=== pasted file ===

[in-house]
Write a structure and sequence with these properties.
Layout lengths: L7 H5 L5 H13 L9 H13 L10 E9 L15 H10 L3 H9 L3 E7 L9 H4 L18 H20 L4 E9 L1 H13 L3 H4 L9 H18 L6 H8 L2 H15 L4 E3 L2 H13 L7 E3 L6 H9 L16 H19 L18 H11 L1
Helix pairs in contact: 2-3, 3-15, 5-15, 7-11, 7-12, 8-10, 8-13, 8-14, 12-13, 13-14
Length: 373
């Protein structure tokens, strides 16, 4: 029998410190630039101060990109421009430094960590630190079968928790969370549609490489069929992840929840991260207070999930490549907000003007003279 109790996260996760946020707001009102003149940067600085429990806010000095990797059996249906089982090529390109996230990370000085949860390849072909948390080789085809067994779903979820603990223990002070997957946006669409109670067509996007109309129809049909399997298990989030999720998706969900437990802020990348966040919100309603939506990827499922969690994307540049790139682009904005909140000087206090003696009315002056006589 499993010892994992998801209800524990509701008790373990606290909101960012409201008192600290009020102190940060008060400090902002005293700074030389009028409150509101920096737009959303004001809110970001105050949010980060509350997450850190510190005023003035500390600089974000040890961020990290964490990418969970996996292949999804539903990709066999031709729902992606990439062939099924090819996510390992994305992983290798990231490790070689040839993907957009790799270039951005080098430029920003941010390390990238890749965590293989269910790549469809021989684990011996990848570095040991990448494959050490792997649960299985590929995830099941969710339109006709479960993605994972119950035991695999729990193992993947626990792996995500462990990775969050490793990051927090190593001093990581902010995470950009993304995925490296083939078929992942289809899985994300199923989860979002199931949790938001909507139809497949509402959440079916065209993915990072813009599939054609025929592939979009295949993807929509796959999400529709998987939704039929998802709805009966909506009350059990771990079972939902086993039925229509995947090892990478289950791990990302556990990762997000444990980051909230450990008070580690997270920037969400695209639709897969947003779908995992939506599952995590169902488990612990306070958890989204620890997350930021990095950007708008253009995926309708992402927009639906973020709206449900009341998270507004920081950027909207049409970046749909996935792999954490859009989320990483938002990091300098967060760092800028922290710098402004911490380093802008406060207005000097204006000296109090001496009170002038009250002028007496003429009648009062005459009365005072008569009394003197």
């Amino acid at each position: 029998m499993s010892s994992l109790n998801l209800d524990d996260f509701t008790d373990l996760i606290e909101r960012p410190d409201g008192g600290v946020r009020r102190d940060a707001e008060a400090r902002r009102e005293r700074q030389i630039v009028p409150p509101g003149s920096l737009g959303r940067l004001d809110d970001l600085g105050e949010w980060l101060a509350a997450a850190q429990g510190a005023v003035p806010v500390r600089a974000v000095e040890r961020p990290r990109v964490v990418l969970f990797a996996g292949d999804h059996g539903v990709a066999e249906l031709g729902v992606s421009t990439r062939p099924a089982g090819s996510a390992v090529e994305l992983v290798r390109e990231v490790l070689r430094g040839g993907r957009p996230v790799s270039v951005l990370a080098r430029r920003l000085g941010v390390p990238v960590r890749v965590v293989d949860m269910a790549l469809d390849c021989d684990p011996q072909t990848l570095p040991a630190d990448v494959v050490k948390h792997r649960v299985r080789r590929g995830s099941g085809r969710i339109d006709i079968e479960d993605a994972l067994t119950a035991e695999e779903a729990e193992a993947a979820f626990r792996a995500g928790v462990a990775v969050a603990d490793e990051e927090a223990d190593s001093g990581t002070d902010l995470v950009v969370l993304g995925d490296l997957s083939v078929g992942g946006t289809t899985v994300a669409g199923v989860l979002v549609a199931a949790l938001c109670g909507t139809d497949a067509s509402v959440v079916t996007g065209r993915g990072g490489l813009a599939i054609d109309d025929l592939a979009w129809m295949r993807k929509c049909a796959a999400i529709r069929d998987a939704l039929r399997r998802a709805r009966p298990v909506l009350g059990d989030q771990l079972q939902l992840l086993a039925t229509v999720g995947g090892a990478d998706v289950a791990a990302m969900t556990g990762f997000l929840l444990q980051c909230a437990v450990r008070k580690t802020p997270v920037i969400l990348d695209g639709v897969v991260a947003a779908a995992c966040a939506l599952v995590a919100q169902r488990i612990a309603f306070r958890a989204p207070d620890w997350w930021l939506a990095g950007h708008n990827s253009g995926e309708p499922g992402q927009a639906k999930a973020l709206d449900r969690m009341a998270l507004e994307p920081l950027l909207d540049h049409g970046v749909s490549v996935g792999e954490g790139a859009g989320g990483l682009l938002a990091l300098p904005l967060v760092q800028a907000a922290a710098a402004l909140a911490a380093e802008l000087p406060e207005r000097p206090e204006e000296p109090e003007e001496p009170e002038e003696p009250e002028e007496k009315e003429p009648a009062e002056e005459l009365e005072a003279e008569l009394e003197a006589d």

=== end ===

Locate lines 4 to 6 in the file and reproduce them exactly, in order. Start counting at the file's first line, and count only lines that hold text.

Helix pairs in contact: 2-3, 3-15, 5-15, 7-11, 7-12, 8-10, 8-13, 8-14, 12-13, 13-14
Length: 373
């Protein structure tokens, strides 16, 4: 029998410190630039101060990109421009430094960590630190079968928790969370549609490489069929992840929840991260207070999930490549907000003007003279 109790996260996760946020707001009102003149940067600085429990806010000095990797059996249906089982090529390109996230990370000085949860390849072909948390080789085809067994779903979820603990223990002070997957946006669409109670067509996007109309129809049909399997298990989030999720998706969900437990802020990348966040919100309603939506990827499922969690994307540049790139682009904005909140000087206090003696009315002056006589 499993010892994992998801209800524990509701008790373990606290909101960012409201008192600290009020102190940060008060400090902002005293700074030389009028409150509101920096737009959303004001809110970001105050949010980060509350997450850190510190005023003035500390600089974000040890961020990290964490990418969970996996292949999804539903990709066999031709729902992606990439062939099924090819996510390992994305992983290798990231490790070689040839993907957009790799270039951005080098430029920003941010390390990238890749965590293989269910790549469809021989684990011996990848570095040991990448494959050490792997649960299985590929995830099941969710339109006709479960993605994972119950035991695999729990193992993947626990792996995500462990990775969050490793990051927090190593001093990581902010995470950009993304995925490296083939078929992942289809899985994300199923989860979002199931949790938001909507139809497949509402959440079916065209993915990072813009599939054609025929592939979009295949993807929509796959999400529709998987939704039929998802709805009966909506009350059990771990079972939902086993039925229509995947090892990478289950791990990302556990990762997000444990980051909230450990008070580690997270920037969400695209639709897969947003779908995992939506599952995590169902488990612990306070958890989204620890997350930021990095950007708008253009995926309708992402927009639906973020709206449900009341998270507004920081950027909207049409970046749909996935792999954490859009989320990483938002990091300098967060760092800028922290710098402004911490380093802008406060207005000097204006000296109090001496009170002038009250002028007496003429009648009062005459009365005072008569009394003197």